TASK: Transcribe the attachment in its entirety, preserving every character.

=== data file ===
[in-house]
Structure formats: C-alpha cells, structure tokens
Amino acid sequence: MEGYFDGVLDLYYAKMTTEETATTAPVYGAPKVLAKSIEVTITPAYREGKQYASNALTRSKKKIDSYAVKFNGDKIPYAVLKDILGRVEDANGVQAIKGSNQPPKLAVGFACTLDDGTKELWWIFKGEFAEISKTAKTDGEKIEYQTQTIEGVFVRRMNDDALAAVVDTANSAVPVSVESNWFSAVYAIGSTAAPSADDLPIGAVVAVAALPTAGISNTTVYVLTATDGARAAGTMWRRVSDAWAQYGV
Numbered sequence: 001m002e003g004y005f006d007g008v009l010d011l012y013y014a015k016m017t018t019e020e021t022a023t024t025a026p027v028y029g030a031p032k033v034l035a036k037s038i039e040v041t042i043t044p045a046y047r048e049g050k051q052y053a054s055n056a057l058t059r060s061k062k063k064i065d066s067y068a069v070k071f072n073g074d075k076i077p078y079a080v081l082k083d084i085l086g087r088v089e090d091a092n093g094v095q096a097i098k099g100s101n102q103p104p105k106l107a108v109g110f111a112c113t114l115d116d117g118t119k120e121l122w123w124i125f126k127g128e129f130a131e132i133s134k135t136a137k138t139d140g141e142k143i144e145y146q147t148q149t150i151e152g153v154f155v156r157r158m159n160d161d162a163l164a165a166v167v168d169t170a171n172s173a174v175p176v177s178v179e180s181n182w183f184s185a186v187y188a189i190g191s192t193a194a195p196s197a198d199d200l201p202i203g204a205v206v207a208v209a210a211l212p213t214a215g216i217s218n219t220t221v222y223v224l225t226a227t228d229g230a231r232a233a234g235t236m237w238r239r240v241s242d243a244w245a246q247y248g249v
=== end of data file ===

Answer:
[in-house]
Structure formats: C-alpha cells, structure tokens
Amino acid sequence: MEGYFDGVLDLYYAKMTTEETATTAPVYGAPKVLAKSIEVTITPAYREGKQYASNALTRSKKKIDSYAVKFNGDKIPYAVLKDILGRVEDANGVQAIKGSNQPPKLAVGFACTLDDGTKELWWIFKGEFAEISKTAKTDGEKIEYQTQTIEGVFVRRMNDDALAAVVDTANSAVPVSVESNWFSAVYAIGSTAAPSADDLPIGAVVAVAALPTAGISNTTVYVLTATDGARAAGTMWRRVSDAWAQYGV
Numbered sequence: 001m002e003g004y005f006d007g008v009l010d011l012y013y014a015k016m017t018t019e020e021t022a023t024t025a026p027v028y029g030a031p032k033v034l035a036k037s038i039e040v041t042i043t044p045a046y047r048e049g050k051q052y053a054s055n056a057l058t059r060s061k062k063k064i065d066s067y068a069v070k071f072n073g074d075k076i077p078y079a080v081l082k083d084i085l086g087r088v089e090d091a092n093g094v095q096a097i098k099g100s101n102q103p104p105k106l107a108v109g110f111a112c113t114l115d116d117g118t119k120e121l122w123w124i125f126k127g128e129f130a131e132i133s134k135t136a137k138t139d140g141e142k143i144e145y146q147t148q149t150i151e152g153v154f155v156r157r158m159n160d161d162a163l164a165a166v167v168d169t170a171n172s173a174v175p176v177s178v179e180s181n182w183f184s185a186v187y188a189i190g191s192t193a194a195p196s197a198d199d200l201p202i203g204a205v206v207a208v209a210a211l212p213t214a215g216i217s218n219t220t221v222y223v224l225t226a227t228d229g230a231r232a233a234g235t236m237w238r239r240v241s242d243a244w245a246q247y248g249v